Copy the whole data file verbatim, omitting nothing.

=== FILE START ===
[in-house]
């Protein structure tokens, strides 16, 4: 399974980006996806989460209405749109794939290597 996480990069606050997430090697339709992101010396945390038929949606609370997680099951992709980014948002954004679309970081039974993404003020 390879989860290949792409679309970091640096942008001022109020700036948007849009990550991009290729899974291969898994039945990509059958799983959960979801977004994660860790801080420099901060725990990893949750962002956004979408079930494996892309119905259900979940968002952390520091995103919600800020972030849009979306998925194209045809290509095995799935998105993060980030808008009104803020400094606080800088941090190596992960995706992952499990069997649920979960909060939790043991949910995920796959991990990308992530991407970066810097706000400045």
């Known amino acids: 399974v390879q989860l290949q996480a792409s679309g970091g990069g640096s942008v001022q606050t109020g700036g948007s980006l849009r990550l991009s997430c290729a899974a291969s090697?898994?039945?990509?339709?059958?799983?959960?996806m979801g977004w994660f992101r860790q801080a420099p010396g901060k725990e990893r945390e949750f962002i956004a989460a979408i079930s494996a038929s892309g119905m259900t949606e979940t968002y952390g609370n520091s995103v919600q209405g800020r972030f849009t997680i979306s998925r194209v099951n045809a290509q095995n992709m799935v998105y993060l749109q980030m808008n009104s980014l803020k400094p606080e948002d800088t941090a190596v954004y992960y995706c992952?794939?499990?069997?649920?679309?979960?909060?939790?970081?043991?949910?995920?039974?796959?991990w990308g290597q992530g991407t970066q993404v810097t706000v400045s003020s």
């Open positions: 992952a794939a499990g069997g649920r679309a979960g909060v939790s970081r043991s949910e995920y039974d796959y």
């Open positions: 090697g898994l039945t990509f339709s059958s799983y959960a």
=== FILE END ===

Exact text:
[in-house]
């Protein structure tokens, strides 16, 4: 399974980006996806989460209405749109794939290597 996480990069606050997430090697339709992101010396945390038929949606609370997680099951992709980014948002954004679309970081039974993404003020 390879989860290949792409679309970091640096942008001022109020700036948007849009990550991009290729899974291969898994039945990509059958799983959960979801977004994660860790801080420099901060725990990893949750962002956004979408079930494996892309119905259900979940968002952390520091995103919600800020972030849009979306998925194209045809290509095995799935998105993060980030808008009104803020400094606080800088941090190596992960995706992952499990069997649920979960909060939790043991949910995920796959991990990308992530991407970066810097706000400045």
């Known amino acids: 399974v390879q989860l290949q996480a792409s679309g970091g990069g640096s942008v001022q606050t109020g700036g948007s980006l849009r990550l991009s997430c290729a899974a291969s090697?898994?039945?990509?339709?059958?799983?959960?996806m979801g977004w994660f992101r860790q801080a420099p010396g901060k725990e990893r945390e949750f962002i956004a989460a979408i079930s494996a038929s892309g119905m259900t949606e979940t968002y952390g609370n520091s995103v919600q209405g800020r972030f849009t997680i979306s998925r194209v099951n045809a290509q095995n992709m799935v998105y993060l749109q980030m808008n009104s980014l803020k400094p606080e948002d800088t941090a190596v954004y992960y995706c992952?794939?499990?069997?649920?679309?979960?909060?939790?970081?043991?949910?995920?039974?796959?991990w990308g290597q992530g991407t970066q993404v810097t706000v400045s003020s």
């Open positions: 992952a794939a499990g069997g649920r679309a979960g909060v939790s970081r043991s949910e995920y039974d796959y």
């Open positions: 090697g898994l039945t990509f339709s059958s799983y959960a």